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One of China’s biggest hotel operators recently began to consistently outperform pre-pandemic business levels across its entire portfolio. The rest of the world should take note.
Shanghai-based Huazhu — which has nearly 7,000 hotels across brands like Joya and HanTing in China as well as Steigenberger Hotels in Germany — moved from operating at just over half of pre-pandemic rooms revenue in February to 95 percent a month later, company leaders reported this week. Over the Labor Day holiday in China earlier this month, Huazhu’s hotels averaged a 25 percent increase in business from 2019.
Huazhu’s revenue per available room, the hotel industry’s key performance metric, was 7 percent higher than 2019 for the month of May, as of the start of this week. The company chalks up its rapidly accelerating recovery — and its ability to maintain the momentum — on vaccine distribution.
“As the vaccination process is taking place smoothly in China, we are confident that China’s economy will further recover from the pandemic and drive the growth of business travel,” said Qi Ji, Huazhu’s founder and CEO, on an investor call this week.
The upbeat message around vaccinations comes as the U.S. reported this week half of all American adults are now fully vaccinated against coronavirus.
Even without the Labor Day holiday, Huazhu leaders say the company would be outperforming 2019 revenue levels for the month of May. Both business and leisure travel demand are on the rise in China. Marriott even saw business travel in China eclipse 2019 levels by 5 percent in March, the company reported earlier this month.
Huazhu isn’t entirely looking at the pandemic in the rear-view mirror. The company faced a tough winter with a surge of new cases in provinces around Beijing. There was also a resurgence in cases this month in Anhui province to the west of Shanghai and Shenyang in the northeastern part of the country.
It typically takes a city about two weeks to recover from a resurgence and for hotels to get back to their normal recovery pattern, Hui Jin — president of Huazhu — said. That timeline matches what Marriott also sees in its own China recovery.
Huazhu still reported a relatively small $38 million loss for the first quarter, but even that is a win compared to some U.S. companies like Hyatt, which posted a $304 million first quarter loss.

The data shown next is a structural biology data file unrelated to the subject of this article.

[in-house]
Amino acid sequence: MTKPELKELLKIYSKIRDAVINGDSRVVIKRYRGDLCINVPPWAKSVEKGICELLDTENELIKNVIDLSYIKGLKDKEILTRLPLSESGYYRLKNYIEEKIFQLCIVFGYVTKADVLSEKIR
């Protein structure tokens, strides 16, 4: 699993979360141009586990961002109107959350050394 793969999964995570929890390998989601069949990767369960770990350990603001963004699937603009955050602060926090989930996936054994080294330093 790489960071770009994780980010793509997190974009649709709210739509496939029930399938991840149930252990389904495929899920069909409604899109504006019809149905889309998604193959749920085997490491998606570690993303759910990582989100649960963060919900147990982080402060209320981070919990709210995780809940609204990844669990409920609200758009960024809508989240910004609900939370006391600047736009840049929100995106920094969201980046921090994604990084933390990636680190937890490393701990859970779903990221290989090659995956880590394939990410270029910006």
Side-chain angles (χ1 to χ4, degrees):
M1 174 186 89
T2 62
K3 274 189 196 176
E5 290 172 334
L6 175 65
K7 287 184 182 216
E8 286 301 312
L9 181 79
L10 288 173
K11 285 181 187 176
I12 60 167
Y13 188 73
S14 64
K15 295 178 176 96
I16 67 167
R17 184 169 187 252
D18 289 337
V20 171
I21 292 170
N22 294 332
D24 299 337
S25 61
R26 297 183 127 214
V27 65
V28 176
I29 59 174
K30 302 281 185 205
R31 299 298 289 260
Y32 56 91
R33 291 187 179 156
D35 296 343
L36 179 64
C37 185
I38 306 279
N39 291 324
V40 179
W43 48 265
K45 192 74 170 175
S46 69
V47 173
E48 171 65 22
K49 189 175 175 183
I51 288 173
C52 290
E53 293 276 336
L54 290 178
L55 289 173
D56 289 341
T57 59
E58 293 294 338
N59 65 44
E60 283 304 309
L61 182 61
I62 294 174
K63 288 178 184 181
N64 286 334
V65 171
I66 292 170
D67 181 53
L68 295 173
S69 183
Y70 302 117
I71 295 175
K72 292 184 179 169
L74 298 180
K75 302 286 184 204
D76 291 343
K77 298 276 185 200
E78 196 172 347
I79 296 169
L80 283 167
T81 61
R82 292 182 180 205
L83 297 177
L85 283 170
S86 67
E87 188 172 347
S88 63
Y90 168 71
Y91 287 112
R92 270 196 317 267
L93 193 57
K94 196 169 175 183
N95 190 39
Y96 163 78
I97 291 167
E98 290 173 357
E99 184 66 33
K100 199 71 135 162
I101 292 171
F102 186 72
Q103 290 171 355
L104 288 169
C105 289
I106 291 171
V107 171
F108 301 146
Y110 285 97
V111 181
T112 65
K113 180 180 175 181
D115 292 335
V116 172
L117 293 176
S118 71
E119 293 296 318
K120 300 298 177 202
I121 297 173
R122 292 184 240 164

The company sees more growth opportunities ahead in smaller cities than larger ones like Beijing and Shanghai, which continue to lag in the recovery from the pandemic. March and April rooms revenue in Huazhu’s hotels in smaller cities eclipsed 2019 levels while the larger cities were still underperforming.
That strength is reflected in Huazhu’s construction interest: More than half of the company’s 2,649-hotel development pipeline are in smaller cities.
“That again shows the resilience of economic conditions in lower-tier cities,” Jin said.
There is one area of growth where Huazhu falls in line with just about every other hotel company around the world: lifestyle hotels.
These hotels with a greater emphasis on food and beverage and experiences are a major growth driver at Accor, which expects to generate a quarter of its franchise fees from lifestyle hotels in its own development pipeline. Accor has just over a 3 percent stake in Huazhu and a development partnership for midscale and economy hotels across brands like Novotel and Ibis in China.
Huazhu’s own lifestyle hotel portfolio includes the 28-hotel CitiGo brand, which it acquired this month for just over $117 million, and Crystal Orange, a boutique hotel operator with more than 100 hotels in major cities. Huazhu acquired Crystal Orange in 2017 for $540 million.
Company leaders appeared particularly optimistic on the recent CitiGo transaction, as those hotels in major markets could appeal to younger travelers looking for amenities like coworking spaces and local experiences.
“The brand could help further enrich Huazhu’s lifestyle brand and create more opportunity for Huazhu to explore in the lifestyle segment,” Jin said.